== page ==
And Iran, you know, cannot currently reach the U.S. with its current missile delivery technology. If there were, frankly, any drastic increase in its nuclear arsenal, it would result in more strikes like we've seen recently, or perhaps even some originate from the U.S.
And, two, we've seen that a lot of Iran's affiliate organizations or proxies around the region have become more quiet. In 2018, for instance, Hezbollah withdrew from some of its locations in Syria and cited specifically that they weren't being paid. So we do think that we are safer now.
MARTIN: Ambassador, what do you say? Is the U.S. safer than we were before?
SEYED HOSSEIN MOUSAVIAN: I don't believe so. Everyone agrees nonproliferation is a key element to international peace and security. All experts around the world - they agree that JCPOA is the most comprehensive agreement during the history of nonproliferation. Second, we should look at whether Iran is safer or not. I believe no. President Trump has imposed the most comprehensive sanctions on Iran. When a country is damaged economically, it definitely is not more safe. However, by killing the deal, now Iran uranium enrichment is more than before.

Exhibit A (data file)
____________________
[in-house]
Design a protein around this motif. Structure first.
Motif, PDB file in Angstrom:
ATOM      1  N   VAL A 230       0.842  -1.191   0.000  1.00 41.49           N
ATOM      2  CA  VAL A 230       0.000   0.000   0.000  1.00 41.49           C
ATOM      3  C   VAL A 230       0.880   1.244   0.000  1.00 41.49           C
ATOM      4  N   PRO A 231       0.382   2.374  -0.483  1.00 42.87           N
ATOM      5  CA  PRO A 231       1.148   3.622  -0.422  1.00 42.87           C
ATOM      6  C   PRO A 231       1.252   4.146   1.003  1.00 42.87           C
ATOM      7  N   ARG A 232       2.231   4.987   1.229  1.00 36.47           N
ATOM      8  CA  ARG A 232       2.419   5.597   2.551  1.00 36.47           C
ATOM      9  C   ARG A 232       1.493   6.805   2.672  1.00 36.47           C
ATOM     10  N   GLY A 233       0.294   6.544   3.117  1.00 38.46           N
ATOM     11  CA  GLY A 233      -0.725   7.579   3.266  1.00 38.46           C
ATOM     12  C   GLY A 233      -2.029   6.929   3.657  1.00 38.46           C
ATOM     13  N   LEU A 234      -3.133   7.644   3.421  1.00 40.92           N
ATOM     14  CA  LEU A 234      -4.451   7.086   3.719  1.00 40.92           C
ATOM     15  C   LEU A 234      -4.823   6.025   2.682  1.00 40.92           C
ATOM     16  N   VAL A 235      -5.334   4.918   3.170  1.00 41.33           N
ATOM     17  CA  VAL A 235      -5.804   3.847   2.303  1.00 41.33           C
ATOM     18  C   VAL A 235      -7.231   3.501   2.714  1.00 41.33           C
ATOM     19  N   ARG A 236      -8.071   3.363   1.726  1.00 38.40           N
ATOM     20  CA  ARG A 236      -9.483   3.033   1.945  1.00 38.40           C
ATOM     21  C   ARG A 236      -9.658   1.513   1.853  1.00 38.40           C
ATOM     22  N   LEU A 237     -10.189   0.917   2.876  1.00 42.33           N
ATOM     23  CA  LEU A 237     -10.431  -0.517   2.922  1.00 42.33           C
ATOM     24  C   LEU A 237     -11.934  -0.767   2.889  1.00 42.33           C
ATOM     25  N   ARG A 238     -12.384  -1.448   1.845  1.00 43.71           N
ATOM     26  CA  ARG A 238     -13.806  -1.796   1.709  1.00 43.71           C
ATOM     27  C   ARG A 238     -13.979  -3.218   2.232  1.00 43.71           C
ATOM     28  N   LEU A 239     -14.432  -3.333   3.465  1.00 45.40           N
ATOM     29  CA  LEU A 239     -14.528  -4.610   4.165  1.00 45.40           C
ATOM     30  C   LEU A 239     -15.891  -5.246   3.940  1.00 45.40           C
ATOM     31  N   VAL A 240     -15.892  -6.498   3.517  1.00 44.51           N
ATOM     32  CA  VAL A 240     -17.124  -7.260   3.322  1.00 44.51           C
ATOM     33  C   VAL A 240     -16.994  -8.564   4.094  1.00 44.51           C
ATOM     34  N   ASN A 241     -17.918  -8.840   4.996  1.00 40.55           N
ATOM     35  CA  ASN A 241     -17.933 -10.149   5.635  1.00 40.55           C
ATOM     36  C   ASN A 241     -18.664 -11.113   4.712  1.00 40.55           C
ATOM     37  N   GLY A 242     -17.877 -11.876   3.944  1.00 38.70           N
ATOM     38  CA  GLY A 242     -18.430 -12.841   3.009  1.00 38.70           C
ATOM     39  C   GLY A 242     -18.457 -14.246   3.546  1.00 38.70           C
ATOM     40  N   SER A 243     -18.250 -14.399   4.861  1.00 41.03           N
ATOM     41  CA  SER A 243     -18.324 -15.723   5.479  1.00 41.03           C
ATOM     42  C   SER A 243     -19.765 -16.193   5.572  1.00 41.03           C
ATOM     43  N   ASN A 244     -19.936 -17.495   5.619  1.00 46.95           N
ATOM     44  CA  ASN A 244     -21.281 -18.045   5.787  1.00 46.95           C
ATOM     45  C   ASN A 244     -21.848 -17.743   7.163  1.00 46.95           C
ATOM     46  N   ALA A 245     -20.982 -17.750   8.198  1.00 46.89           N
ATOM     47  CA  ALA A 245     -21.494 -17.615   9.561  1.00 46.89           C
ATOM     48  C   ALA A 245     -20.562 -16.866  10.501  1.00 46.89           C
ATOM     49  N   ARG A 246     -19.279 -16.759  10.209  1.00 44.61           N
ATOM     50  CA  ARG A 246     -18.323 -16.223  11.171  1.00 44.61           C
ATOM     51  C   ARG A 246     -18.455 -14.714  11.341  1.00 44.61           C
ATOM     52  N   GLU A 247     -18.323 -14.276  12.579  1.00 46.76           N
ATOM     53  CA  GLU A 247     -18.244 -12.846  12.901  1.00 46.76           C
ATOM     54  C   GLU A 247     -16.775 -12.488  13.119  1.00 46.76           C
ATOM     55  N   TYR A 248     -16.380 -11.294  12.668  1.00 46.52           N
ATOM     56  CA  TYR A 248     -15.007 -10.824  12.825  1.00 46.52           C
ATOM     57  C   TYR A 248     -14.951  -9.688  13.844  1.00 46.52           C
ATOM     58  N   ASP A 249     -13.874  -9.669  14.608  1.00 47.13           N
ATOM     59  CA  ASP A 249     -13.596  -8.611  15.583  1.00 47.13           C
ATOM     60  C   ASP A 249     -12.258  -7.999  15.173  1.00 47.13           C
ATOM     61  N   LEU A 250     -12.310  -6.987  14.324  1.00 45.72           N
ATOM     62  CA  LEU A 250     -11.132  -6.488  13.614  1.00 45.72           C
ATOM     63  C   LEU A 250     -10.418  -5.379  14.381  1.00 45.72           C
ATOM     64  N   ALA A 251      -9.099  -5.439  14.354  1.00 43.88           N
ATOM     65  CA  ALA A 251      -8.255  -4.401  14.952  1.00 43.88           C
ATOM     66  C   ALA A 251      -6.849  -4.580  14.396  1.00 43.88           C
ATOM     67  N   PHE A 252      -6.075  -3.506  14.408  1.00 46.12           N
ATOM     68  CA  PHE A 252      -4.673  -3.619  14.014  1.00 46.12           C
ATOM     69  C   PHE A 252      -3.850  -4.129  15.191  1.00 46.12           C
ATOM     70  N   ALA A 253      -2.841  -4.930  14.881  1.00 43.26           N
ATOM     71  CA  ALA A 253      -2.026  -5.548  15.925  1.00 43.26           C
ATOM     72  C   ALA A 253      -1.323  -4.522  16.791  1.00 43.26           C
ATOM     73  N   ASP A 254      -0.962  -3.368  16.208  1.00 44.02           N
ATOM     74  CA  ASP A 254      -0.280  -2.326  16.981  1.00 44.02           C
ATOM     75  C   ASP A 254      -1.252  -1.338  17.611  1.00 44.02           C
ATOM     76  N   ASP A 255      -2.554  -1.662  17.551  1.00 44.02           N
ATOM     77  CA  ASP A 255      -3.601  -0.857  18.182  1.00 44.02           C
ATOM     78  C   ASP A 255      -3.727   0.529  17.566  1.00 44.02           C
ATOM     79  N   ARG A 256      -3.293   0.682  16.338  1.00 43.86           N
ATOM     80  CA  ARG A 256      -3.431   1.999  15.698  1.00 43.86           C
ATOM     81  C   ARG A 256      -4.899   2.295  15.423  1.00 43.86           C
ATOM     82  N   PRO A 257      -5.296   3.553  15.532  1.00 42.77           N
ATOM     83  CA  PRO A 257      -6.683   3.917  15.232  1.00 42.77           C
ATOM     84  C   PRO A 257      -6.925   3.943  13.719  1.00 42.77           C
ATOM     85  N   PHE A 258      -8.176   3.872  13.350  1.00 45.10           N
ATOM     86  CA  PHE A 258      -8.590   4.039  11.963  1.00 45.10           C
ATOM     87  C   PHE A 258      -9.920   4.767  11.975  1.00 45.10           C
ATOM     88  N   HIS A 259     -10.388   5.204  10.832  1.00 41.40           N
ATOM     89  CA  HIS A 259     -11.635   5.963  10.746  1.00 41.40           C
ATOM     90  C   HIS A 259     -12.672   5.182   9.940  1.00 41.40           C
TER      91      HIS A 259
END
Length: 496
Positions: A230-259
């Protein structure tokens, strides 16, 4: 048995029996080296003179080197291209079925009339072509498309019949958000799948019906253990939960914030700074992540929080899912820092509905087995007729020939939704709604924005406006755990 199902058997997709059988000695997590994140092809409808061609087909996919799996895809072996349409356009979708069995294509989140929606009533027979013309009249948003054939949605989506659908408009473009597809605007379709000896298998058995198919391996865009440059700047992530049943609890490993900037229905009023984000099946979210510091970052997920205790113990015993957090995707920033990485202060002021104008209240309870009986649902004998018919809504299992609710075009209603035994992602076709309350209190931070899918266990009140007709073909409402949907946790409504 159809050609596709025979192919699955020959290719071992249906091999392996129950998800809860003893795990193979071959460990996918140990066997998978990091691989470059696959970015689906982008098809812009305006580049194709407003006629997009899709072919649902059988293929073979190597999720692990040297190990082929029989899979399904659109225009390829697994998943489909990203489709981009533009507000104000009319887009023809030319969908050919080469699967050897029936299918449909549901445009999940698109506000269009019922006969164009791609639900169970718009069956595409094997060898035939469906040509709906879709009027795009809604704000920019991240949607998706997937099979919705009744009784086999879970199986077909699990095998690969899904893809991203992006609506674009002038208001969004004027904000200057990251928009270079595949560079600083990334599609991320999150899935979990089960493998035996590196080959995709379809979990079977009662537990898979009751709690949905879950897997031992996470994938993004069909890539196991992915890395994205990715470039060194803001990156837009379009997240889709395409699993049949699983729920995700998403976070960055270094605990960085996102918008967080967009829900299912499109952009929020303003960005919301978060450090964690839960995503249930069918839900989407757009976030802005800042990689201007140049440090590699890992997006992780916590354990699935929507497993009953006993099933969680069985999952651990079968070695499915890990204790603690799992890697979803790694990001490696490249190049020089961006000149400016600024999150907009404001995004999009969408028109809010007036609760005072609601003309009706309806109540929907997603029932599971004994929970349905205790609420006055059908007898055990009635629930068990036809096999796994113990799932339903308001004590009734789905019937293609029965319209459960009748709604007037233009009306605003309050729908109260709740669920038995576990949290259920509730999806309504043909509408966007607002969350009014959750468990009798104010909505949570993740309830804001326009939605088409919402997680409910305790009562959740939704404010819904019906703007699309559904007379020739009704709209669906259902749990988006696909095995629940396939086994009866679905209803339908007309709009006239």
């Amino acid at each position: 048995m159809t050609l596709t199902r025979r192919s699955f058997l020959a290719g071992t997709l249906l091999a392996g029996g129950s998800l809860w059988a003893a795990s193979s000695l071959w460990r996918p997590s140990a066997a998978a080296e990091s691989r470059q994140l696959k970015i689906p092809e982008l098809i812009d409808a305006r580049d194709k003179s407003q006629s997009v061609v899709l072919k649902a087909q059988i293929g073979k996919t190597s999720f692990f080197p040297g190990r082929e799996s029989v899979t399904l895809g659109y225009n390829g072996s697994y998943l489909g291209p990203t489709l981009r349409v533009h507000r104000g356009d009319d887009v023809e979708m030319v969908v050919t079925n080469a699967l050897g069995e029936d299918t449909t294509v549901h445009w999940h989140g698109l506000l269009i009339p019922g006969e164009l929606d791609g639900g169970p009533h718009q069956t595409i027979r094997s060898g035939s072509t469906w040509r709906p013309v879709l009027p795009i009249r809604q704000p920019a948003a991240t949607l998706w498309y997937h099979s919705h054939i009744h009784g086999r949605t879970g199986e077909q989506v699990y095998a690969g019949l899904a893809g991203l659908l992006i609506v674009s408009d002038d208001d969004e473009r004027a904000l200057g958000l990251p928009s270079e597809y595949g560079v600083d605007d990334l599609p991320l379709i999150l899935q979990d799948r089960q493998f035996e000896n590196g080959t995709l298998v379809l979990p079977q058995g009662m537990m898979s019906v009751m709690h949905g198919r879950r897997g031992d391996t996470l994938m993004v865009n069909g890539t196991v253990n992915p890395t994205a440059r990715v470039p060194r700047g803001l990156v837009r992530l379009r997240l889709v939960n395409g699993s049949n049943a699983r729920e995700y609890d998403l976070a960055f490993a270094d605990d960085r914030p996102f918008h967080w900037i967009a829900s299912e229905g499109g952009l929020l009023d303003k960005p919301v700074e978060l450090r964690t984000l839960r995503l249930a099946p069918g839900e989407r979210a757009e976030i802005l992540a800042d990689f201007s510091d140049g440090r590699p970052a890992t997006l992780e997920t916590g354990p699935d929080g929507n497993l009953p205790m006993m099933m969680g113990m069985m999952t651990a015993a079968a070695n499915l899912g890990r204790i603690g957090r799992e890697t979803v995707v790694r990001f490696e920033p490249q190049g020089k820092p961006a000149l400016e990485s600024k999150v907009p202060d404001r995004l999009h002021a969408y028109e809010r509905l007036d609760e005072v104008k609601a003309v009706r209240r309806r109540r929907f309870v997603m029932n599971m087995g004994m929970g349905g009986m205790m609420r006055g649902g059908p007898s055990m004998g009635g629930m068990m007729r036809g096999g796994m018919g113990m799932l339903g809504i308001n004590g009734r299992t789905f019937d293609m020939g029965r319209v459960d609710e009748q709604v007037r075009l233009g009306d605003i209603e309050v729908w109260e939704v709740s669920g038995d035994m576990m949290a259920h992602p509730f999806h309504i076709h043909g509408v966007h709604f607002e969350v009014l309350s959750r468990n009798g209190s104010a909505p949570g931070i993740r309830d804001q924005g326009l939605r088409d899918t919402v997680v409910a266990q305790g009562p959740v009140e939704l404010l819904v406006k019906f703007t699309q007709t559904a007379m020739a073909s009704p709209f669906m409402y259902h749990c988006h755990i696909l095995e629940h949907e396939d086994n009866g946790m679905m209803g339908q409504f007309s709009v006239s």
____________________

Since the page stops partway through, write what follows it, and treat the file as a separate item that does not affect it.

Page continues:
MARTIN: And, Kirsten, what about in August? The U.S. intelligence community warned that Iran is attempting to interfere in the U.S. election, and they warned that attacks will likely take place online. But in a statement, the head of the Intelligence committee wrote Tehran's motivation to conduct such activities is, in part, driven by a perception that President Trump's reelection would result in a continuation of U.S. pressure on Iran in an effort to foment regime change. So I read that to mean that it seems as though the threat is motivated by President Trump's approach to Iran. So how do you respond to that?